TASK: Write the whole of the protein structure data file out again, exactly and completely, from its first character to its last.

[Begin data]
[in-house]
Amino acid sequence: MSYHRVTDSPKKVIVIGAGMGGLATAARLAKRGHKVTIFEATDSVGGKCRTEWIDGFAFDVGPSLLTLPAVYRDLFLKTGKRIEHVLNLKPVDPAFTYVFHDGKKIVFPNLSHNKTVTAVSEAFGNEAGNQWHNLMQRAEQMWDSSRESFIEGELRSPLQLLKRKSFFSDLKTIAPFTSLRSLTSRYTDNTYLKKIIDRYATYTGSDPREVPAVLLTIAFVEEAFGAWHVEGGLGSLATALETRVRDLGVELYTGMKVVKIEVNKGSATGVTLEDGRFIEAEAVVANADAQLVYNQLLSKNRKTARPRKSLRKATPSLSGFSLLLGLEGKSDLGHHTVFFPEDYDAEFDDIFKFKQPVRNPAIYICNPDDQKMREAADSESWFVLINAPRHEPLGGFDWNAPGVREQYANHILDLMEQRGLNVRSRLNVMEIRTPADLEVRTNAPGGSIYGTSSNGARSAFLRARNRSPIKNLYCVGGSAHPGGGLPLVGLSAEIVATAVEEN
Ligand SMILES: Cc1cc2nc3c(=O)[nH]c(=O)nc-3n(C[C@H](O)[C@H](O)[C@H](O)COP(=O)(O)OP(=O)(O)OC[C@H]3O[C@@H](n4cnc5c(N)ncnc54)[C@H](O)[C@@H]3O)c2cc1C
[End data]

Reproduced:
[in-house]
Amino acid sequence: MSYHRVTDSPKKVIVIGAGMGGLATAARLAKRGHKVTIFEATDSVGGKCRTEWIDGFAFDVGPSLLTLPAVYRDLFLKTGKRIEHVLNLKPVDPAFTYVFHDGKKIVFPNLSHNKTVTAVSEAFGNEAGNQWHNLMQRAEQMWDSSRESFIEGELRSPLQLLKRKSFFSDLKTIAPFTSLRSLTSRYTDNTYLKKIIDRYATYTGSDPREVPAVLLTIAFVEEAFGAWHVEGGLGSLATALETRVRDLGVELYTGMKVVKIEVNKGSATGVTLEDGRFIEAEAVVANADAQLVYNQLLSKNRKTARPRKSLRKATPSLSGFSLLLGLEGKSDLGHHTVFFPEDYDAEFDDIFKFKQPVRNPAIYICNPDDQKMREAADSESWFVLINAPRHEPLGGFDWNAPGVREQYANHILDLMEQRGLNVRSRLNVMEIRTPADLEVRTNAPGGSIYGTSSNGARSAFLRARNRSPIKNLYCVGGSAHPGGGLPLVGLSAEIVATAVEEN
Ligand SMILES: Cc1cc2nc3c(=O)[nH]c(=O)nc-3n(C[C@H](O)[C@H](O)[C@H](O)COP(=O)(O)OP(=O)(O)OC[C@H]3O[C@@H](n4cnc5c(N)ncnc54)[C@H](O)[C@@H]3O)c2cc1C